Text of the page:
Neuron ‘Claws’ In The Brain Enable Flies To Distinguish 1 Scent From Another
Think of the smell of an orange, a lemon, and a grapefruit. Each has strong acidic notes mixed with sweetness. And yet each fresh, bright scent is distinguishable from its relatives. These fruits smell similar because they share many chemical compounds. How, then does the brain tell them apart? How does the brain remember a complex and often overlapping chemical signature as a particular scent?
Researchers at Cold Spring Harbor Laboratory (CSHL) are using the fruit fly to discover how the brain integrates multiple signals to identify one unique smell. It’s work that has broader implication for how flies – and ultimately, people – learn. In work published today in Nature Neuroscience, a team led by Associate Professor Glenn Turner describes how a group of neurons in the fruit fly brain recognize multiple individual chemicals in combination in order to define, or remember, a single scent.
The olfactory system of a fruit fly begins at the equivalent of our nose, where a series of neurons sense and respond to very specific chemicals. These neurons pass their signal on to a group of cells called projection neurons. Then the signal undergoes a transformation as it is passed to a body of neurons in the fly brain called Kenyon cells.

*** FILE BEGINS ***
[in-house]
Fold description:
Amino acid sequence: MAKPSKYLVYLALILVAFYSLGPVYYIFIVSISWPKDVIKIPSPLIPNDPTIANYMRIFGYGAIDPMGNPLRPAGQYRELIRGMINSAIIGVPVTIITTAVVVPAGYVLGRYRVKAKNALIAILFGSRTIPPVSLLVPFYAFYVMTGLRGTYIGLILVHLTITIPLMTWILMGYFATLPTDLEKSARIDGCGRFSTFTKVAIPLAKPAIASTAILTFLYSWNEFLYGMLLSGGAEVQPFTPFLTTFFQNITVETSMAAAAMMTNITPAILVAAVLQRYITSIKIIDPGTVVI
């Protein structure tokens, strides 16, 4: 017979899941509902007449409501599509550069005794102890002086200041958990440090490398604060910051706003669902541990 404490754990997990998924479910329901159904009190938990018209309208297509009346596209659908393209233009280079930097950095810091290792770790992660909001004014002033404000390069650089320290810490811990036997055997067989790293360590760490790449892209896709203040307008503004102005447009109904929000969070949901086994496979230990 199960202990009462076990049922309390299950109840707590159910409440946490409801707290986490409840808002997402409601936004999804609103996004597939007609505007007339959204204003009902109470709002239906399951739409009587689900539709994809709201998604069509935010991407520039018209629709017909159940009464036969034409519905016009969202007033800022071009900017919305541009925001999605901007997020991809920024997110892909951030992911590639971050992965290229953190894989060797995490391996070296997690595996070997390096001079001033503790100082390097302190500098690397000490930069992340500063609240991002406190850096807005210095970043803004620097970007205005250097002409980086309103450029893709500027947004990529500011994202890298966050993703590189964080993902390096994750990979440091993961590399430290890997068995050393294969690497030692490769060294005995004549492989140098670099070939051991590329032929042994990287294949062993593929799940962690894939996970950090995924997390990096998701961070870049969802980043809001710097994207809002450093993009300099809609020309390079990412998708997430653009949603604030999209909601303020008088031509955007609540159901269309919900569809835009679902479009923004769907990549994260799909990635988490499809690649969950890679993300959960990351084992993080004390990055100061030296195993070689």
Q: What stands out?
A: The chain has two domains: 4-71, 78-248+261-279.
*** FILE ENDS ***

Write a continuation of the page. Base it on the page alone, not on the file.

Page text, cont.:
Kenyon cells have multiple, extremely long protrusions that grasp the projection neurons with a claw-like structure. Each Kenyon cell claw is wrapped tightly around only one projection neuron, meaning that it receives a signal from just one type of input. In addition to their unique structure, Kenyon cells are also remarkable for their selectivity. Because they’re selective, they aren’t often activated. Yet little is known about what in fact makes them decide to fire a signal.
Turner and colleague Eyal Gruntman, who is lead author on their new paper, used cutting-edge microscopy to explore the chemical response profile for multiple claws on one Kenyon cell. They found that each claw, even on a single Kenyon cell, responded to different chemicals. Additional experiments using light to stimulate individual neurons (a technique called optogenetics) revealed that single Kenyon cells were only activated when several of their claws were simultaneously stimulated, explaining why they so rarely fire. Taken together, this work explains how individual Kenyon cells can integrate multiple signals in the brain to “remember” the particular chemical mixture as a single, distinct odor .
Turner will next try to determine “what controls which claws are connected,” which will provide insight into how the brain learns to assign a specific mix of chemicals as defining a particular scent. But beyond simple odor detection, the research has more general implications for learning. For Turner, the question driving his work forward is: what in the brain changes when you learn something?
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